The function returns the 16-bit value \({\textit{(L}_{4} {\vert }{\vert } \textit{R}}_{4 }{\textit{).}}\)
Figures. 1, 2, 3, and 4 provide the structure of KASUMI [19] along with three functions used in it.
Fig. 3

FI Function

4 32 X 32-bit S-Box

The S-box maps the 32-bit input to produce the 32-bit output. Let \({\textit{w = w}}_{0}{\vert }{\vert }{\textit{w}}_{1}{\vert }{\vert }{\textit{w}}_{2} {\vert }{\vert }{\textit{w}}_{3},\) where w is the 32-bit input data and \(\hbox {w}_{0}\) is the most significant byte and \({\textit{w}}_{3}\) is the least significant byte. Then we have \({\textit{S}}_{1}{\textit{(w) =r}}_{0}{\vert }{\vert }{\textit{r}}_{1}{\vert } {\vert }{\textit{r}}_{2}{\vert }{\vert }{\textit{r}}_{3},\) where r\(_{0}\) is the most and r\(_{3}\) is the least significant byte. The values corresponding to r\(_{0}\), r\(_{1}\), r\(_{2}\), r\(_{3}\) are obtained using equations as described in [20]. These 8-bit r values involve the use of S\(_{R}\)-box which is briefly described in the next part. In this paper, we have considered using Rijndael’s S-box for computing values of the input bits in FL function. We have taken the use of the 16-bit S-box by converting the 32-bit S-box. Instead of using all 8-bit r values (r\(_{0}\) , r\(_{1}\) , r\(_{2}\) , r\(_{3}\)), we used only two r values to get the 16-bit data with small modification in them. This is given in Sect. 6 of this paper.

4.1 Rijndael S \(_{R}\) -box

It has an 8-bit operation and maps from 8-bit to 8-bit. Both the input and output are taken in hexadecimal forms. The input values use the computing tables to produce the output. Let \({\textit{x}}_{0}, {\textit{x}}_{1}, {\textit{y}}_{0}, {\textit{y}}_{1}\) be hexadecimal digits with \({\textit{S}}_{R}({\textit{x}}_{0}{\textit{2}}^{4}+{\textit{x}}_{1}) = y_{0}{\textit{2}}^{4}+{\textit{y}}_{1}\), then the cell at the intersection of the \({\textit{x}}_{0}^\mathrm{th}\) row and the \({\textit{x}}_{1}^\mathrm{th}\) column contains the values for \({\textit{y}}_{0}{{\vert }{\vert }}{\textit{y}_{1}}\) in hexadecimal form. We can find one example already given in [20], which explains how values using Rijndael S-box table can be computed.
Fig. 4

FL Function

5 Proposed work on KASUMI

In this paper, we have made modifications in the FL function by making two separate FL functions. The second change which we made is in the FI function, where we removed the last two rounds of operations and, so, used S9 and S7 tables only once.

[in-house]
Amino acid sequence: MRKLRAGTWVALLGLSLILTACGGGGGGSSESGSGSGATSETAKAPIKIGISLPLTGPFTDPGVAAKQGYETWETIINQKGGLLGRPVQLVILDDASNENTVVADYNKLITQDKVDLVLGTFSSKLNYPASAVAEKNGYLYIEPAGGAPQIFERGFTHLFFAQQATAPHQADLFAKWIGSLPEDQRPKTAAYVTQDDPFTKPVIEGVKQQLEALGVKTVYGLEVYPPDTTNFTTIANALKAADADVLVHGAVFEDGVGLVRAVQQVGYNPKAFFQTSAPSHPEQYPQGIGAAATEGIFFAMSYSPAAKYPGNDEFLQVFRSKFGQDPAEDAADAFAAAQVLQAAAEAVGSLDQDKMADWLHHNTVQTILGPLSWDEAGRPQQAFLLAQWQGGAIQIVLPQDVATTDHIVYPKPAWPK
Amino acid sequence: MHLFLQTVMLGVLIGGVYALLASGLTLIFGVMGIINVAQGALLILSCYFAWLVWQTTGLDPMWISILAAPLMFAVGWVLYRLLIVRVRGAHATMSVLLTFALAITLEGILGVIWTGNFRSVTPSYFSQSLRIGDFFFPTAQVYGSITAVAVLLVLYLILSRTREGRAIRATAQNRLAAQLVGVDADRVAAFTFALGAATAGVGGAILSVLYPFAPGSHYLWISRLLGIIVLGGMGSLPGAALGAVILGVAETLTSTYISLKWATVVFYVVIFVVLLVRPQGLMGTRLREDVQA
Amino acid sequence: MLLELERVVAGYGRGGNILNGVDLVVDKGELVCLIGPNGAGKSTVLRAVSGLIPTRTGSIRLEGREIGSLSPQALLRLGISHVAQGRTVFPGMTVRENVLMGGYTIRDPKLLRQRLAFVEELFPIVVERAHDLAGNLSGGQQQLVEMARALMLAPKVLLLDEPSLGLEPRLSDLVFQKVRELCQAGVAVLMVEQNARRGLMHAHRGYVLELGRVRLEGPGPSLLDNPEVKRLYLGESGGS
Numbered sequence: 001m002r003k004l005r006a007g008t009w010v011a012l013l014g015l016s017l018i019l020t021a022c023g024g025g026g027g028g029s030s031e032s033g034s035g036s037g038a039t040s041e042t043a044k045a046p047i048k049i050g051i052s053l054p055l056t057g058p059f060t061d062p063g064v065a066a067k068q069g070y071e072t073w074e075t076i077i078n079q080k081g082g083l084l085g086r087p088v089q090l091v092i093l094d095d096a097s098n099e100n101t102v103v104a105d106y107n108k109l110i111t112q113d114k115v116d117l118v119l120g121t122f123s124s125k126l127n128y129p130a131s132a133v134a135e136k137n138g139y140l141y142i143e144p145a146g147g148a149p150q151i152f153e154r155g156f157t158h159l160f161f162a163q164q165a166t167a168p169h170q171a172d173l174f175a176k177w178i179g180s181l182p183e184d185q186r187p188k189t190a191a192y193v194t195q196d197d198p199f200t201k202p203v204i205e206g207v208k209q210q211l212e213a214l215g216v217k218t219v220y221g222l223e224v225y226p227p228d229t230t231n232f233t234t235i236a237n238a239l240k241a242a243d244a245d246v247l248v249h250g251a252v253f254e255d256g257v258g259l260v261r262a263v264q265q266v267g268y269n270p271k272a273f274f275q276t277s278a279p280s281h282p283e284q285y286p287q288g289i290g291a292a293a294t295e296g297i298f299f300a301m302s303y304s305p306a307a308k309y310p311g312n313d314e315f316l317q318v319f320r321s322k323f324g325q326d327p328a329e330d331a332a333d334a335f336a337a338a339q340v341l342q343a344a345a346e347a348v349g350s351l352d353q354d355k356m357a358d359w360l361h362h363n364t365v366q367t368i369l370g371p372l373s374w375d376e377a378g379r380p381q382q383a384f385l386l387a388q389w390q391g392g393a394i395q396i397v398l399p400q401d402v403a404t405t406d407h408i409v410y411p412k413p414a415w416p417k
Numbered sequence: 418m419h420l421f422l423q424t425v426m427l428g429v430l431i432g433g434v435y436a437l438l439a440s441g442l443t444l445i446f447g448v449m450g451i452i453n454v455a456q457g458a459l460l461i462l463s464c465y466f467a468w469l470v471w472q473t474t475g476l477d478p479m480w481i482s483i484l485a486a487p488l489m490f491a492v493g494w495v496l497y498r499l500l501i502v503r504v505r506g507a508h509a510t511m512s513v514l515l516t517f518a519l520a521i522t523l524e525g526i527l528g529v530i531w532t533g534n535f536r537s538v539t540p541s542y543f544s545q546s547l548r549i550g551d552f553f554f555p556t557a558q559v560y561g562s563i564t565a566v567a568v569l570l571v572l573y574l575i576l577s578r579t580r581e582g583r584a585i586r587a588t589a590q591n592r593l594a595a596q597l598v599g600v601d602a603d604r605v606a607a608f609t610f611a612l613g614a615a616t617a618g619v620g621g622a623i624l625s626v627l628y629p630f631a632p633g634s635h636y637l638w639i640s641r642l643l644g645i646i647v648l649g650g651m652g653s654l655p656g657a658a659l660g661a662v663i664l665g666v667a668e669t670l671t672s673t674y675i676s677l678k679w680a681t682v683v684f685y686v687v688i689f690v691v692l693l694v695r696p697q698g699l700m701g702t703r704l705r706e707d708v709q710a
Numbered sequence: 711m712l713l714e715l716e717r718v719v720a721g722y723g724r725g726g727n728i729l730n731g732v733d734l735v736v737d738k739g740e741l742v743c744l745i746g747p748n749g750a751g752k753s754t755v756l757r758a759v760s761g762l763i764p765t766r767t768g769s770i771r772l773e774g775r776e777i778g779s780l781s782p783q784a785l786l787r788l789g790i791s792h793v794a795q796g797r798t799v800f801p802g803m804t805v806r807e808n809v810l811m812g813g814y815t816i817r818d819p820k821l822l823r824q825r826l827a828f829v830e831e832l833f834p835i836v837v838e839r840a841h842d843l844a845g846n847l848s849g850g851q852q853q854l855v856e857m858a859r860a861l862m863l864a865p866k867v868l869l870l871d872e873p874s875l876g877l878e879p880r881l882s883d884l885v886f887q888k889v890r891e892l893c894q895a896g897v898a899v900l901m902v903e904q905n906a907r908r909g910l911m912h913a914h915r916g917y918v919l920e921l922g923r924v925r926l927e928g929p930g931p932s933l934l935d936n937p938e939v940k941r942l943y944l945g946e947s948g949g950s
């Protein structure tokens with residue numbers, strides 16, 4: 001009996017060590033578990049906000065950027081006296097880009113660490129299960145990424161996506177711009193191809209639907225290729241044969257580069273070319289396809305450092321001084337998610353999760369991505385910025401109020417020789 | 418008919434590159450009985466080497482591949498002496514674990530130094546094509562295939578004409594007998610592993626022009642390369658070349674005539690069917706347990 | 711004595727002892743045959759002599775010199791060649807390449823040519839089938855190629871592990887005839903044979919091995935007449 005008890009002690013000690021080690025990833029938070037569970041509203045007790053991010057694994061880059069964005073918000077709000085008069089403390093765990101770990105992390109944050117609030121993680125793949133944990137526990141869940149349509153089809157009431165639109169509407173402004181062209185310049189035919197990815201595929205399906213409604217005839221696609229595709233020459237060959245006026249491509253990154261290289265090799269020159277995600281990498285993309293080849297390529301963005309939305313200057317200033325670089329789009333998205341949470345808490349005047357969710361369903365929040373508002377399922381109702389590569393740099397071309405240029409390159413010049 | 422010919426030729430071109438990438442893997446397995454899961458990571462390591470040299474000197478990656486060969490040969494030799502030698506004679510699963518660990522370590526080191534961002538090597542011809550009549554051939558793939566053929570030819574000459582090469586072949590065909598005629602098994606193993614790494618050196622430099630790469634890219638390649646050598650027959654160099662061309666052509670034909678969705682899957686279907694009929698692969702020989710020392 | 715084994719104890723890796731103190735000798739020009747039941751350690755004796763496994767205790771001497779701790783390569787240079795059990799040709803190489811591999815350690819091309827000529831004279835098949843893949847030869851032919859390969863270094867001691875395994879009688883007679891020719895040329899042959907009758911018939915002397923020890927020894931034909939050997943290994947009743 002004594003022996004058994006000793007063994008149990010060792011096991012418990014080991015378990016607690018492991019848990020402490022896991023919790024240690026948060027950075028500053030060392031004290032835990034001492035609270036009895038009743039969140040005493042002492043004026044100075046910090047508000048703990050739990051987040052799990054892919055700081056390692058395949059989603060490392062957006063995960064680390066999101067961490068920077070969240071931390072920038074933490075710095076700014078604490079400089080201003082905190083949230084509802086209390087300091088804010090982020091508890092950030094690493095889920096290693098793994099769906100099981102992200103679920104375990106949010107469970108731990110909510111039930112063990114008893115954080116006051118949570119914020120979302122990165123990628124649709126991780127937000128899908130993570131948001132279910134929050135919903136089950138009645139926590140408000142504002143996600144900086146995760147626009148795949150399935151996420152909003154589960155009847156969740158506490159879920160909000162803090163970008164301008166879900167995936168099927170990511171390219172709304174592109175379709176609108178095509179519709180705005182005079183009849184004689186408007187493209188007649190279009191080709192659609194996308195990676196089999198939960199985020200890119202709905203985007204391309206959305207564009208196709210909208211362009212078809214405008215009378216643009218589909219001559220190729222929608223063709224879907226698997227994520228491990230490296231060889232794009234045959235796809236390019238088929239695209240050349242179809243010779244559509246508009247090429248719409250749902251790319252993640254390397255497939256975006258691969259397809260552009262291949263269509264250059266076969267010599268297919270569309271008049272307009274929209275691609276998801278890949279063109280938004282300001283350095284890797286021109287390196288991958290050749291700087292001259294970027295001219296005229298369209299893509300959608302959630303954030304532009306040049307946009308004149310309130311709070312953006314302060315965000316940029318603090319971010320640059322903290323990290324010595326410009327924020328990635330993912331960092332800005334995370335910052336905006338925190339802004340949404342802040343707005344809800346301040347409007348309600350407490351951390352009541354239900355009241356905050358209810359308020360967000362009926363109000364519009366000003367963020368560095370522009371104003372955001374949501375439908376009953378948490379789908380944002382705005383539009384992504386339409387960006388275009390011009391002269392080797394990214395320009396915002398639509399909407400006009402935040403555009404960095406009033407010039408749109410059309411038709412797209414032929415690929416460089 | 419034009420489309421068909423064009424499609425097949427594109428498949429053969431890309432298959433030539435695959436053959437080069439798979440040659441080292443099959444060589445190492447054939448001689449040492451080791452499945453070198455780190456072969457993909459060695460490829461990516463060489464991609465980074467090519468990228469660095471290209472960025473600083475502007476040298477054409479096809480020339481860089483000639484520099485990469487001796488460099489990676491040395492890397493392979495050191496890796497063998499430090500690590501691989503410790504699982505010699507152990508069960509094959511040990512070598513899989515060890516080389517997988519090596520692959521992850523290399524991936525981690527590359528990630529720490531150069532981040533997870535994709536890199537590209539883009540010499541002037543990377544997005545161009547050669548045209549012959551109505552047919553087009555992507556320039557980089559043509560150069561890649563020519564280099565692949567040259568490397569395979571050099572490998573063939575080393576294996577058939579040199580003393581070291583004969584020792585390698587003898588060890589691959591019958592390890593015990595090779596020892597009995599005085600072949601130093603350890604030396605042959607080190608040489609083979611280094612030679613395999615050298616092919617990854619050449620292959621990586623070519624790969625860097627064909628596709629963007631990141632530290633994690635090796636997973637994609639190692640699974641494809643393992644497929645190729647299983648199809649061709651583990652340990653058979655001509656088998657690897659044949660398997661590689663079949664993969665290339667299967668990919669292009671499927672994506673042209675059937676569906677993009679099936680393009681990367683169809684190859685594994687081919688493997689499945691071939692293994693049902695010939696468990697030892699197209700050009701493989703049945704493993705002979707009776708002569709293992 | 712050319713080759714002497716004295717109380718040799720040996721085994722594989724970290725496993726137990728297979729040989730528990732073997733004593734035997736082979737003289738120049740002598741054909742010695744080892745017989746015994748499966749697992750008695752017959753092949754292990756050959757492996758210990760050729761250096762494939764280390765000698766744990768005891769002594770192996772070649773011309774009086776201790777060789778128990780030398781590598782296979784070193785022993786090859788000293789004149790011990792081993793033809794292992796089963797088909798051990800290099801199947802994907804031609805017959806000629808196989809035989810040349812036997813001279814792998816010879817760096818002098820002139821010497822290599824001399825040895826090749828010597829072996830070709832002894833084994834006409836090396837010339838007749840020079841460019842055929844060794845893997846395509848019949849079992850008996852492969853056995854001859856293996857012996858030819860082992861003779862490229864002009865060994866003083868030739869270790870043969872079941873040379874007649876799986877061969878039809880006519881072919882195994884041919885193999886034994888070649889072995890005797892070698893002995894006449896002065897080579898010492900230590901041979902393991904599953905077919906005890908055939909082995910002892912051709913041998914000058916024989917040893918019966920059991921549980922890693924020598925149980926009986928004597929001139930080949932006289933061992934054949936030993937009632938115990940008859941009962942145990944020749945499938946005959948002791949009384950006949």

In this paper, we have suggested modifications in the FL function. Two FL functions are used after modifying the original FL function, which are FL1(a) and FL(b) functions.

FL1(a) function uses a 16-bit S\(_{R}\)- box. Its diagram is shown in Fig. 5. Functioning of FL1(a) is the same as that of the original FL function except for the inclusion of the S\(_{R}\)- box. This S- box performs operation on the 16-bit data entering FL function from the right side. This FL1(a) function is used four times in eight rounds of KASUMI (i.e., 1st, 3rd, 5th and 7th round).
Fig. 5

The FL1(a) function

We made the second small change in the original FL function by adding a third round to it, naming it FL(b). Its diagram is shown in Fig. 6. We have done a cyclic shift of the bits present on the right side of the FL function and then XOR it with the 16-bit data from the left side, which is shown in Fig. 6. This FL(b) function is used four times in the 2nd, 4th, 6th, and 8th round of KASUMI.
Fig. 6

The FL(b) function

Fig. 7

The FI function

Figure 8 shows where we have used the FL1(a) and FL(b) functions in the eight-round structure of KASUMI. The FL1(a) function and FL(b) function have KL keys in them, which are used in a different pattern. For the FL1(a) function, both the KL keys (KL\(_{i,1 }\)and KL\(_{i,2})\) used over here are of \(n\mathrm{th}\) round value, i.e.,